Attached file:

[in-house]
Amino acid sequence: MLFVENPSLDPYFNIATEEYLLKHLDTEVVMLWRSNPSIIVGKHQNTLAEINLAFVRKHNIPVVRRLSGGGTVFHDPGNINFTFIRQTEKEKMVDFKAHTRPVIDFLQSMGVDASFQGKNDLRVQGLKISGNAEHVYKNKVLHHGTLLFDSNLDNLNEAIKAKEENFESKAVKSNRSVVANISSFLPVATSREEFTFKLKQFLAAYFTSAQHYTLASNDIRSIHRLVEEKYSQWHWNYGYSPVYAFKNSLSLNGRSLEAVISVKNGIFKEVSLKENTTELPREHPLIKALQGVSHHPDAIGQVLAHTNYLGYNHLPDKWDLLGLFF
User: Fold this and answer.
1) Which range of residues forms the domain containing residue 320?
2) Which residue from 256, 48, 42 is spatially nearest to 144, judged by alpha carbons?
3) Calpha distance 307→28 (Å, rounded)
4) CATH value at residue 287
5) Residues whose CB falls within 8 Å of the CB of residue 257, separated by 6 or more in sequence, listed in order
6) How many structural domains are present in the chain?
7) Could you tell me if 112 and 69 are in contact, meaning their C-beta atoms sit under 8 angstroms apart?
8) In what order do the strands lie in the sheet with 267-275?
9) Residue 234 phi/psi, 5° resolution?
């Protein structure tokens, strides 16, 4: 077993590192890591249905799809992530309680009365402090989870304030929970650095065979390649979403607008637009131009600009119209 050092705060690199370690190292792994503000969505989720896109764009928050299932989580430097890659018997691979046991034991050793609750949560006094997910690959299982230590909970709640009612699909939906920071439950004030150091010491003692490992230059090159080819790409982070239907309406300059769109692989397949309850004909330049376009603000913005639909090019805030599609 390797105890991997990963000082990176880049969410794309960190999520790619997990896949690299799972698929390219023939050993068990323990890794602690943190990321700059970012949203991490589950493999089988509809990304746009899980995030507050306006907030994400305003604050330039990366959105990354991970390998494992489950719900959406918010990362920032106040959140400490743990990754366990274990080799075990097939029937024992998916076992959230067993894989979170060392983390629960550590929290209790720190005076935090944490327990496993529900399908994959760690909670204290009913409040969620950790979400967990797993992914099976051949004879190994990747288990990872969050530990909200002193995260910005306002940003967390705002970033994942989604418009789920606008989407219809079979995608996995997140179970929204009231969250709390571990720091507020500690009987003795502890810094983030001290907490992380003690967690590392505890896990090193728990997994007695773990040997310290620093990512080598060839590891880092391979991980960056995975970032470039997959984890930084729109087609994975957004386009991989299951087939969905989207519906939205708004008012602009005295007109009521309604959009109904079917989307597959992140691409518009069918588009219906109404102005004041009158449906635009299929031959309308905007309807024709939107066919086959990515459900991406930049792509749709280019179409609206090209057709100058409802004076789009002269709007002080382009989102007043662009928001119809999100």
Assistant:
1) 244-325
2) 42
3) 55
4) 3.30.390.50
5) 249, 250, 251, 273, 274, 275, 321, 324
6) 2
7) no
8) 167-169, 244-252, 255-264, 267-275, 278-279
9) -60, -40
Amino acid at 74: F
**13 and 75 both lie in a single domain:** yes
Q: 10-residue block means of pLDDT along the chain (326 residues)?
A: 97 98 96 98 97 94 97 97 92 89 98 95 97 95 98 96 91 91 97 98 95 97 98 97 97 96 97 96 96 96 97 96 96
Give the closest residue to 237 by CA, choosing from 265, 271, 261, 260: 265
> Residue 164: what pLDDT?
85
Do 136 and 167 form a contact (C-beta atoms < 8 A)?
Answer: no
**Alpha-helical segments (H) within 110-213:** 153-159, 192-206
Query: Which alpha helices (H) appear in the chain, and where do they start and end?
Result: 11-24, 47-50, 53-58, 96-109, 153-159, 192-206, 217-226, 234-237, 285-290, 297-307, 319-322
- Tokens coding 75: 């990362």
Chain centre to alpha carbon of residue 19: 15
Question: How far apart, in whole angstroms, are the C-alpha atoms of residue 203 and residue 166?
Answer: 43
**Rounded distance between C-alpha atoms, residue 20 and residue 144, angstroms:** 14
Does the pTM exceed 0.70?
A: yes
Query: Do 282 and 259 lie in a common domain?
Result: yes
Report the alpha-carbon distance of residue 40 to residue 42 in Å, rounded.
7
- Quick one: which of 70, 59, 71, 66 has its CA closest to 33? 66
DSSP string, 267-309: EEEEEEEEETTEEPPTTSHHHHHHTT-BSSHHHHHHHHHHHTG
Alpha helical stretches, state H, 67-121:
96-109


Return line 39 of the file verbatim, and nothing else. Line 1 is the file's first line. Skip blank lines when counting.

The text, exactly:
Answer: 43